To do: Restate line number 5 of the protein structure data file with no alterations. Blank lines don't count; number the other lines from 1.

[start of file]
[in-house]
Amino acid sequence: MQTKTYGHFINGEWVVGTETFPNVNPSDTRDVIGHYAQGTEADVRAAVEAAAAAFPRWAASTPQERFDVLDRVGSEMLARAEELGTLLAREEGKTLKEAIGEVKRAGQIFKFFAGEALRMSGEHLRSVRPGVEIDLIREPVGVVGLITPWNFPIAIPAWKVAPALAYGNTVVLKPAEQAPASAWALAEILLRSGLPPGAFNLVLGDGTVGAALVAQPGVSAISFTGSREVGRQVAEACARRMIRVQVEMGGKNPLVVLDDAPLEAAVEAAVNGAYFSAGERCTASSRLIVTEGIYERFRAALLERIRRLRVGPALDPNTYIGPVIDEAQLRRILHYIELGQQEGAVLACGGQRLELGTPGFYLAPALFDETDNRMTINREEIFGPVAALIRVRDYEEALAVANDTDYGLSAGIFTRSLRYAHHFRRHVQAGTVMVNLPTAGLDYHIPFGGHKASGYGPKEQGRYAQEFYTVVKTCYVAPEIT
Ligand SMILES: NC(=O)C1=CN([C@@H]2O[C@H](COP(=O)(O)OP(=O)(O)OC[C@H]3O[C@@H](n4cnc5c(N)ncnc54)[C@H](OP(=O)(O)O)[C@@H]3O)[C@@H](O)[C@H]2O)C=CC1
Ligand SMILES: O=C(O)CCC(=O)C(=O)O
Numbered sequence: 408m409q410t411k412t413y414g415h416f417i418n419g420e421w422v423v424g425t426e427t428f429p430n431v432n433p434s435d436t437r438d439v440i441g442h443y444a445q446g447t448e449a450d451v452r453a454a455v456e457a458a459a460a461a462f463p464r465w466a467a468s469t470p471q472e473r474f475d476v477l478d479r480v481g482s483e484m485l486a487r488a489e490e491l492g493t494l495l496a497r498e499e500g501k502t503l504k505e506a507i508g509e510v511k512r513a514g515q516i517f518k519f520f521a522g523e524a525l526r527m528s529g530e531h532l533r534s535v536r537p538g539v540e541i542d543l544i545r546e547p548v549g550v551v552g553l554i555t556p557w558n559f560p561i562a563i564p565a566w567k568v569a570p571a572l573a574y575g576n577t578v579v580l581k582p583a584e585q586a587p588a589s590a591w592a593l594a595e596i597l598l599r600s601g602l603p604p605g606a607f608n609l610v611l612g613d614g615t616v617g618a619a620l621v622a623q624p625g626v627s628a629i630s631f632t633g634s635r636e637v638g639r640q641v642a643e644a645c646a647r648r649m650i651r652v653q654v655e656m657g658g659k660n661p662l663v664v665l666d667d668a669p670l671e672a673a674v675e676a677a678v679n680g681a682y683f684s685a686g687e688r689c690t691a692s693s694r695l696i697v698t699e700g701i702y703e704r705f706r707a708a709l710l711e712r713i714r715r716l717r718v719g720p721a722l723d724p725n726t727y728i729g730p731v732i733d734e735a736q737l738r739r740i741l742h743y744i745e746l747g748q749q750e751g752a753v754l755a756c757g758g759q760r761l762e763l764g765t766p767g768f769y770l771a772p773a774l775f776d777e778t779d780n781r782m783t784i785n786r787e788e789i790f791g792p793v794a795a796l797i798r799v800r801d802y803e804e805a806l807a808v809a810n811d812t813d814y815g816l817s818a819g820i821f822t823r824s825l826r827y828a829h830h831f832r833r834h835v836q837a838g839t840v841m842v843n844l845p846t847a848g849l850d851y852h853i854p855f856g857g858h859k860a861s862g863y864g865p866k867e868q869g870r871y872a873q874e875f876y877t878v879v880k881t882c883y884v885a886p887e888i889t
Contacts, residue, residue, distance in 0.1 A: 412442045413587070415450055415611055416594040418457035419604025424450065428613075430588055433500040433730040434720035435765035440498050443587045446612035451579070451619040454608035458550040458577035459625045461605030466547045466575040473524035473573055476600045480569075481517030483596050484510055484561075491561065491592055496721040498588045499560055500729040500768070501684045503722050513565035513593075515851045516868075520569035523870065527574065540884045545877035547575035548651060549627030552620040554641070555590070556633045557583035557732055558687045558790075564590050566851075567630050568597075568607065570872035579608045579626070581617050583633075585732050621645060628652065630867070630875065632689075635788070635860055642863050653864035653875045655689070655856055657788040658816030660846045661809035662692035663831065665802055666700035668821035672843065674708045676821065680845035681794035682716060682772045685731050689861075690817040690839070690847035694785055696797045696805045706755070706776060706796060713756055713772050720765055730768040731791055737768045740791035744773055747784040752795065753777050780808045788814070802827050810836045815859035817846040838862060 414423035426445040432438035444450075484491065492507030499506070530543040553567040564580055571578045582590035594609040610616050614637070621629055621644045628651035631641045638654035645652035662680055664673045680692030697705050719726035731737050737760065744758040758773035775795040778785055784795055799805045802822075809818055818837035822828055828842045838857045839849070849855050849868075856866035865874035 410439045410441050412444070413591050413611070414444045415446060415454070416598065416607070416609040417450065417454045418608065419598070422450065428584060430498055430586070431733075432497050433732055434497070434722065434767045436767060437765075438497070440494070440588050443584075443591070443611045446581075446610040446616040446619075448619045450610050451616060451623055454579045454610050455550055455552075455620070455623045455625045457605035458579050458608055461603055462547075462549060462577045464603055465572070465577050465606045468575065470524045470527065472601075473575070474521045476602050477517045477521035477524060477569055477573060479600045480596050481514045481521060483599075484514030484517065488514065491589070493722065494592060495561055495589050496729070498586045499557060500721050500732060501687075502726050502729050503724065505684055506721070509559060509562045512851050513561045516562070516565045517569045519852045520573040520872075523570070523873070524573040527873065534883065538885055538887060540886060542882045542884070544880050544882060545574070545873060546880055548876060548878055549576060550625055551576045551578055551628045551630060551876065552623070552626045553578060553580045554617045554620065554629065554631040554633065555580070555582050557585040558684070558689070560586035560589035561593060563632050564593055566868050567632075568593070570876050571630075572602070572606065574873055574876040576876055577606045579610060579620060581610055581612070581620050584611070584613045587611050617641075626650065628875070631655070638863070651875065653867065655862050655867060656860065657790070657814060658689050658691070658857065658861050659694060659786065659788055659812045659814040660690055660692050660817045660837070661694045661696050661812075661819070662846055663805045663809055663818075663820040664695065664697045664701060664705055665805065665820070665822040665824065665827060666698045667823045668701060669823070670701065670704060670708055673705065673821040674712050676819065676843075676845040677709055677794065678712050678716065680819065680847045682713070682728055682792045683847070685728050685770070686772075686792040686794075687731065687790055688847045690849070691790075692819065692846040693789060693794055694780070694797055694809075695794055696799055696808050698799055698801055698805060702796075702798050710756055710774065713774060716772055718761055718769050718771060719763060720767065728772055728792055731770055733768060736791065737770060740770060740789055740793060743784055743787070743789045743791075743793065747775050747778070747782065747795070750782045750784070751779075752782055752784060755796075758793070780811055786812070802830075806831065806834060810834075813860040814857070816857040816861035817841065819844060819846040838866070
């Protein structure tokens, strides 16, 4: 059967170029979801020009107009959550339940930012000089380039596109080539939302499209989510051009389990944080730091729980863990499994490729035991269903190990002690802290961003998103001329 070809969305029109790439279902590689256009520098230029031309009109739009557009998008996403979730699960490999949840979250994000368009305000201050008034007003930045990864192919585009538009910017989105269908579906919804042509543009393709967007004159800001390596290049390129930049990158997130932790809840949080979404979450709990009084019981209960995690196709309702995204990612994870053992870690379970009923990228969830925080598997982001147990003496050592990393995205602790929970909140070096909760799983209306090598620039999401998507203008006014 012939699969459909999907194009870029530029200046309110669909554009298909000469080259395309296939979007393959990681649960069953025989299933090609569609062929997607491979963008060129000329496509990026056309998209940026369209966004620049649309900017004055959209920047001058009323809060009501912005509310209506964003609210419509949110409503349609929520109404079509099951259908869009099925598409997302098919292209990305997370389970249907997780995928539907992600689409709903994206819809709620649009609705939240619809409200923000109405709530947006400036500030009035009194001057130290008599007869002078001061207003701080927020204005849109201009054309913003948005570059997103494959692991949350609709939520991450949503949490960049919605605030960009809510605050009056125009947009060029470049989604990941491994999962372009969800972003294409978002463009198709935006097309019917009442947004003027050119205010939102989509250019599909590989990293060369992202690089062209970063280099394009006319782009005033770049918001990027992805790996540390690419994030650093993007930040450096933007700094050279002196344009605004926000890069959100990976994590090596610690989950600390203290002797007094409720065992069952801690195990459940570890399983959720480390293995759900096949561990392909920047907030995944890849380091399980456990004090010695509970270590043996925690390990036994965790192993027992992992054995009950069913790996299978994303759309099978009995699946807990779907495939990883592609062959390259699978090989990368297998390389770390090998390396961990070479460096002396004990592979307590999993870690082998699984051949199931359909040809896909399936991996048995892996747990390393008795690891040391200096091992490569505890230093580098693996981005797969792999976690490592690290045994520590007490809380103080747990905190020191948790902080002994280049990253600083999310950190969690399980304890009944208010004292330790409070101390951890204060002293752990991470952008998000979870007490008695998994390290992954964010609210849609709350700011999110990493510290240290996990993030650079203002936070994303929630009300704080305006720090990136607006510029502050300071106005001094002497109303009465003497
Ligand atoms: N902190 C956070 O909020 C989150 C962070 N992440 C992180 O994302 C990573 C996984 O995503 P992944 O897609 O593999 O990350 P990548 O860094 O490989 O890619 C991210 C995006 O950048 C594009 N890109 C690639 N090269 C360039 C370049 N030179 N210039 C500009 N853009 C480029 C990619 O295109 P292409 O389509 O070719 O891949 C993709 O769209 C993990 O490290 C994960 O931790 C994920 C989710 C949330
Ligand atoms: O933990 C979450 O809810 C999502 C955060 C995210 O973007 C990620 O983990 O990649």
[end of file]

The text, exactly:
Numbered sequence: 408m409q410t411k412t413y414g415h416f417i418n419g420e421w422v423v424g425t426e427t428f429p430n431v432n433p434s435d436t437r438d439v440i441g442h443y444a445q446g447t448e449a450d451v452r453a454a455v456e457a458a459a460a461a462f463p464r465w466a467a468s469t470p471q472e473r474f475d476v477l478d479r480v481g482s483e484m485l486a487r488a489e490e491l492g493t494l495l496a497r498e499e500g501k502t503l504k505e506a507i508g509e510v511k512r513a514g515q516i517f518k519f520f521a522g523e524a525l526r527m528s529g530e531h532l533r534s535v536r537p538g539v540e541i542d543l544i545r546e547p548v549g550v551v552g553l554i555t556p557w558n559f560p561i562a563i564p565a566w567k568v569a570p571a572l573a574y575g576n577t578v579v580l581k582p583a584e585q586a587p588a589s590a591w592a593l594a595e596i597l598l599r600s601g602l603p604p605g606a607f608n609l610v611l612g613d614g615t616v617g618a619a620l621v622a623q624p625g626v627s628a629i630s631f632t633g634s635r636e637v638g639r640q641v642a643e644a645c646a647r648r649m650i651r652v653q654v655e656m657g658g659k660n661p662l663v664v665l666d667d668a669p670l671e672a673a674v675e676a677a678v679n680g681a682y683f684s685a686g687e688r689c690t691a692s693s694r695l696i697v698t699e700g701i702y703e704r705f706r707a708a709l710l711e712r713i714r715r716l717r718v719g720p721a722l723d724p725n726t727y728i729g730p731v732i733d734e735a736q737l738r739r740i741l742h743y744i745e746l747g748q749q750e751g752a753v754l755a756c757g758g759q760r761l762e763l764g765t766p767g768f769y770l771a772p773a774l775f776d777e778t779d780n781r782m783t784i785n786r787e788e789i790f791g792p793v794a795a796l797i798r799v800r801d802y803e804e805a806l807a808v809a810n811d812t813d814y815g816l817s818a819g820i821f822t823r824s825l826r827y828a829h830h831f832r833r834h835v836q837a838g839t840v841m842v843n844l845p846t847a848g849l850d851y852h853i854p855f856g857g858h859k860a861s862g863y864g865p866k867e868q869g870r871y872a873q874e875f876y877t878v879v880k881t882c883y884v885a886p887e888i889t